In a unanimous decision released November 8, 2012, the Supreme Court of Canada has reversed the judgments of the Federal Court and the Federal Court of Appeal and cleared the way for an affordable generic version of Pfizer’s Viagra to be sold in Canada by Teva Canada Ltd. Teva was represented by Osler’s David Aitken and Marcus Klee and Teva’s Vice President & General Counsel, Ildiko Mehes.
This is the first time since 1981 that the Supreme Court has comprehensively addressed the statutory requirement to fully and correctly disclose the invention in a patent. This disclosure requirement has previously been described by the Supreme Court as the heart of the patent bargain and the quid pro quo of the patent monopoly. The decision provides much needed guidance on this central tenet of patent law.
Teva’s success before the Supreme Court of Canada will promote transparency in the patent system and dissuade patent owners from “gaming” the patent system by securing a monopoly while simultaneously maintaining the invention as a trade secret.
Sildenafil, the active ingredient in Viagra, was originally developed by Pfizer for use in treating angina and hypertension. Pfizer obtained a patent covering sildenafil and its use in treating angina and hypertension in 1998. When testing sildenafil on patients suffering from angina, Pfizer observed that some people experienced spontaneous erections. Pfizer carried out a small clinical study to test the effects of sildenafil on patients with erectile dysfunction (ED) and then applied to obtain a second patent covering the use of sildenafil in the treatment of ED.
Although sildenafil was the only compound that Pfizer had tested and observed to induce erections, Pfizer chose to draft the patent to cover many other compounds that it had neither made nor tested. Pfizer artfully worded the patent to conceal the fact that sildenafil was the test compound.
In 2007, Teva filed a submission for regulatory approval to sell its generic version of Viagra. Pfizer responded by bringing a proceeding in the Federal Court for order prohibiting the Minister of Health from granting approval to Teva until expiry of the patent. Teva resisted Pfizer’s application on the basis that the patent was invalid on numerous grounds, including failure to satisfy the disclosure requirements set out in s. 27(3) of the Patent Act.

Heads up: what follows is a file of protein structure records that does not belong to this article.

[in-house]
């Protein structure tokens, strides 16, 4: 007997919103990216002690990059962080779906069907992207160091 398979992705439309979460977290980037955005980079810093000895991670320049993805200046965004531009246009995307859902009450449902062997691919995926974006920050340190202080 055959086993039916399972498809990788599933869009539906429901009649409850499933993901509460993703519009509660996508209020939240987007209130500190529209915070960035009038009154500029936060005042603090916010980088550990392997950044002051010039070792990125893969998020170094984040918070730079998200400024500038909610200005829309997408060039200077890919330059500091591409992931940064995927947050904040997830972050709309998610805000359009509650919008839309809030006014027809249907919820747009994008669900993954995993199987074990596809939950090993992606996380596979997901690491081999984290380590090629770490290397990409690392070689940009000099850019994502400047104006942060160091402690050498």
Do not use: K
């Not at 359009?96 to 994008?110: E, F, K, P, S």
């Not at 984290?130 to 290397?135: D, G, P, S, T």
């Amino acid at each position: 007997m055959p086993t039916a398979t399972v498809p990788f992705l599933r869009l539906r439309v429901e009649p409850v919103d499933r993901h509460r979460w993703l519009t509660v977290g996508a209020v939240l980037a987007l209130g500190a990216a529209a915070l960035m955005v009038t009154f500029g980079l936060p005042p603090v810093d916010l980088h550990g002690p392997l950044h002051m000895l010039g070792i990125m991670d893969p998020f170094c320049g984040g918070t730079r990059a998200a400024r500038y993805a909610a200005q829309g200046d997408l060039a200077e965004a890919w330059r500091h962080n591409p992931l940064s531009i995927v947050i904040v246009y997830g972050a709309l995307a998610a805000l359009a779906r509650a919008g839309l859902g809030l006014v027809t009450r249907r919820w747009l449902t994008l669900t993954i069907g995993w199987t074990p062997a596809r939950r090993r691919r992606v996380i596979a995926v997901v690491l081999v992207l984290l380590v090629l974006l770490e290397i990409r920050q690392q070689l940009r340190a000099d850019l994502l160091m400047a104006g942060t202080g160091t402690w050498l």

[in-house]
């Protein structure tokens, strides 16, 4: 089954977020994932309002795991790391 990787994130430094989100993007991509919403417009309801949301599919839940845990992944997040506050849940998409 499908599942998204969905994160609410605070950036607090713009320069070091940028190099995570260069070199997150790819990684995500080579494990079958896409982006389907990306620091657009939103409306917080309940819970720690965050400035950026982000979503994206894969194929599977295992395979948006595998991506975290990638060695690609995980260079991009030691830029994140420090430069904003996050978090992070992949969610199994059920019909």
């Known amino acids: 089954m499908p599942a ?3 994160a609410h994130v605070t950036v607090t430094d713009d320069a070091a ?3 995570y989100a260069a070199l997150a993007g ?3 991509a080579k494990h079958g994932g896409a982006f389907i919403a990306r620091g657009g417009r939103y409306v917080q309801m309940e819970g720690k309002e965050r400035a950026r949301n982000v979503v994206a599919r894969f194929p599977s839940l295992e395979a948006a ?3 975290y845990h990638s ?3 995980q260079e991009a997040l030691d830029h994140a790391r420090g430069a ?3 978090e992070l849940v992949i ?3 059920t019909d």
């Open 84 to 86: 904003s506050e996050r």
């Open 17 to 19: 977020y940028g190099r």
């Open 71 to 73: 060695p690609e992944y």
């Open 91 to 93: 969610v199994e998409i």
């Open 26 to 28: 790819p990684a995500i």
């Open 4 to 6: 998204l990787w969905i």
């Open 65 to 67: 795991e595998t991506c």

Pfizer’s application was granted and prohibition was ordered by the Federal Court and upheld by the Federal Court of Appeal.
The Supreme Court Decision
The Supreme Court agreed with Teva’s submission that in failing to disclose the identity of sildenafil as the compound, the patent failed to fully and correctly disclose the invention and imposed on the reader “a minor research project” to identify the true invention.
Justice Le Bel, writing for the Court, stated that “the public’s right to proper disclosure was denied in this case” and that the patent obscured the true invention. He concluded “Pfizer gained a benefit from the Act — exclusive monopoly rights — while withholding disclosure in spite of its disclosure obligations under the Act. As a matter of policy and sound statutory interpretation, patentees cannot be allowed to ‘game’ the system in this way.”
Implications of the Decision
The Supreme Court’s decision paves the way for the introduction of lower cost generic Viagra into the Canadian market. Perhaps more importantly, the decision reaffirms and clarifies the disclosure obligations required of a patentee as the quid pro quo for the state granted patent monopoly. The Supreme Court has provided a clear signal that the patent system is founded on disclosure as the engine of innovation as an essential element of the patent bargain. Sophisticated companies who ‘game’ the patent system do so at their peril. This decision re-establishes a balance between the interest of patent owners and the interest of the Canadian public.